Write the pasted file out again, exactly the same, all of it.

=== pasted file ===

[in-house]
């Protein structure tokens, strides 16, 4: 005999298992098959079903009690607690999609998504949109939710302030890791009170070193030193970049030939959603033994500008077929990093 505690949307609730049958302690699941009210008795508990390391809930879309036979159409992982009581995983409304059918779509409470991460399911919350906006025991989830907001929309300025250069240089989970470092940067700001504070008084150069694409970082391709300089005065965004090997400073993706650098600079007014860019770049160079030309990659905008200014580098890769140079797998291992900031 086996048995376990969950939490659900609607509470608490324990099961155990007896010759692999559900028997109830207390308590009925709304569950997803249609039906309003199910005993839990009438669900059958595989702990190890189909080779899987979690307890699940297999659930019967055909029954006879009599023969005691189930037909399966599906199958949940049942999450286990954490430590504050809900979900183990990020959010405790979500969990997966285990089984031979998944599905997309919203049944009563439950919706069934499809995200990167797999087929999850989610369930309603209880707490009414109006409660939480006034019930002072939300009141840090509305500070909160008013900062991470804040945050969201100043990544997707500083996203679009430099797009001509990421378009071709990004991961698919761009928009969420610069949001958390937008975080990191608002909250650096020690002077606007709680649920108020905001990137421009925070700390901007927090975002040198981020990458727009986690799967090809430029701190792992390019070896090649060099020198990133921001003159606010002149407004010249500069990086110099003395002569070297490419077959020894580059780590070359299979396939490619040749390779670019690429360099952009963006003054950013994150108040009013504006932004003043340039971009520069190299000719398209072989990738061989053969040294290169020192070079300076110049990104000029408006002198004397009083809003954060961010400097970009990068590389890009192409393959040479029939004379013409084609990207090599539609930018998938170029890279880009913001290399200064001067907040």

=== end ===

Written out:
[in-house]
């Protein structure tokens, strides 16, 4: 005999298992098959079903009690607690999609998504949109939710302030890791009170070193030193970049030939959603033994500008077929990093 505690949307609730049958302690699941009210008795508990390391809930879309036979159409992982009581995983409304059918779509409470991460399911919350906006025991989830907001929309300025250069240089989970470092940067700001504070008084150069694409970082391709300089005065965004090997400073993706650098600079007014860019770049160079030309990659905008200014580098890769140079797998291992900031 086996048995376990969950939490659900609607509470608490324990099961155990007896010759692999559900028997109830207390308590009925709304569950997803249609039906309003199910005993839990009438669900059958595989702990190890189909080779899987979690307890699940297999659930019967055909029954006879009599023969005691189930037909399966599906199958949940049942999450286990954490430590504050809900979900183990990020959010405790979500969990997966285990089984031979998944599905997309919203049944009563439950919706069934499809995200990167797999087929999850989610369930309603209880707490009414109006409660939480006034019930002072939300009141840090509305500070909160008013900062991470804040945050969201100043990544997707500083996203679009430099797009001509990421378009071709990004991961698919761009928009969420610069949001958390937008975080990191608002909250650096020690002077606007709680649920108020905001990137421009925070700390901007927090975002040198981020990458727009986690799967090809430029701190792992390019070896090649060099020198990133921001003159606010002149407004010249500069990086110099003395002569070297490419077959020894580059780590070359299979396939490619040749390779670019690429360099952009963006003054950013994150108040009013504006932004003043340039971009520069190299000719398209072989990738061989053969040294290169020192070079300076110049990104000029408006002198004397009083809003954060961010400097970009990068590389890009192409393959040479029939004379013409084609990207090599539609930018998938170029890279880009913001290399200064001067907040």